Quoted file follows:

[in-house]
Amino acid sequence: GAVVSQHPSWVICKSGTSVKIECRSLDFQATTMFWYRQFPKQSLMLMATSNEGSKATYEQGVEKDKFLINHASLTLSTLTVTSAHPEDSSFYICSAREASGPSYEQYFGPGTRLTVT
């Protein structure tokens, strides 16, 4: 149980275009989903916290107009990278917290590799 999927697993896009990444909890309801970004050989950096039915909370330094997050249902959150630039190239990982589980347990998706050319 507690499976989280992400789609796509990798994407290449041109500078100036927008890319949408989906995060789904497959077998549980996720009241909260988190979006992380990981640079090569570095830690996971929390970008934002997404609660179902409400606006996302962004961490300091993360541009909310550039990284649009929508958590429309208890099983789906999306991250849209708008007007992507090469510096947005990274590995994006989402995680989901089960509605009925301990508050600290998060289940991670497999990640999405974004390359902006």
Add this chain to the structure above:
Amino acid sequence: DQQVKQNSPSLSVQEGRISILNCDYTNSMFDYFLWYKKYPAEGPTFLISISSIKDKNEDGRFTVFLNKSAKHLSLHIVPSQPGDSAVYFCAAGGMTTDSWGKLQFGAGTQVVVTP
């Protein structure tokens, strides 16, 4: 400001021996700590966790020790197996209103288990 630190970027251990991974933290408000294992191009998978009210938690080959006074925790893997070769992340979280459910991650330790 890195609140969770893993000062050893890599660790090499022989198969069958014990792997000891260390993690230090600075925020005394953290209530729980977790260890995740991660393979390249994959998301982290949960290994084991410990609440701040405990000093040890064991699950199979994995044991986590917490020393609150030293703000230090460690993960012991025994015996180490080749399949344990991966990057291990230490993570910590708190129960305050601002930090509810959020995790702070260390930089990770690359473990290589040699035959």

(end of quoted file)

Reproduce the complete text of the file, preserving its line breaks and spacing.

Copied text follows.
[in-house]
Amino acid sequence: GAVVSQHPSWVICKSGTSVKIECRSLDFQATTMFWYRQFPKQSLMLMATSNEGSKATYEQGVEKDKFLINHASLTLSTLTVTSAHPEDSSFYICSAREASGPSYEQYFGPGTRLTVT
């Protein structure tokens, strides 16, 4: 149980275009989903916290107009990278917290590799 999927697993896009990444909890309801970004050989950096039915909370330094997050249902959150630039190239990982589980347990998706050319 507690499976989280992400789609796509990798994407290449041109500078100036927008890319949408989906995060789904497959077998549980996720009241909260988190979006992380990981640079090569570095830690996971929390970008934002997404609660179902409400606006996302962004961490300091993360541009909310550039990284649009929508958590429309208890099983789906999306991250849209708008007007992507090469510096947005990274590995994006989402995680989901089960509605009925301990508050600290998060289940991670497999990640999405974004390359902006």
Add this chain to the structure above:
Amino acid sequence: DQQVKQNSPSLSVQEGRISILNCDYTNSMFDYFLWYKKYPAEGPTFLISISSIKDKNEDGRFTVFLNKSAKHLSLHIVPSQPGDSAVYFCAAGGMTTDSWGKLQFGAGTQVVVTP
């Protein structure tokens, strides 16, 4: 400001021996700590966790020790197996209103288990 630190970027251990991974933290408000294992191009998978009210938690080959006074925790893997070769992340979280459910991650330790 890195609140969770893993000062050893890599660790090499022989198969069958014990792997000891260390993690230090600075925020005394953290209530729980977790260890995740991660393979390249994959998301982290949960290994084991410990609440701040405990000093040890064991699950199979994995044991986590917490020393609150030293703000230090460690993960012991025994015996180490080749399949344990991966990057291990230490993570910590708190129960305050601002930090509810959020995790702070260390930089990770690359473990290589040699035959």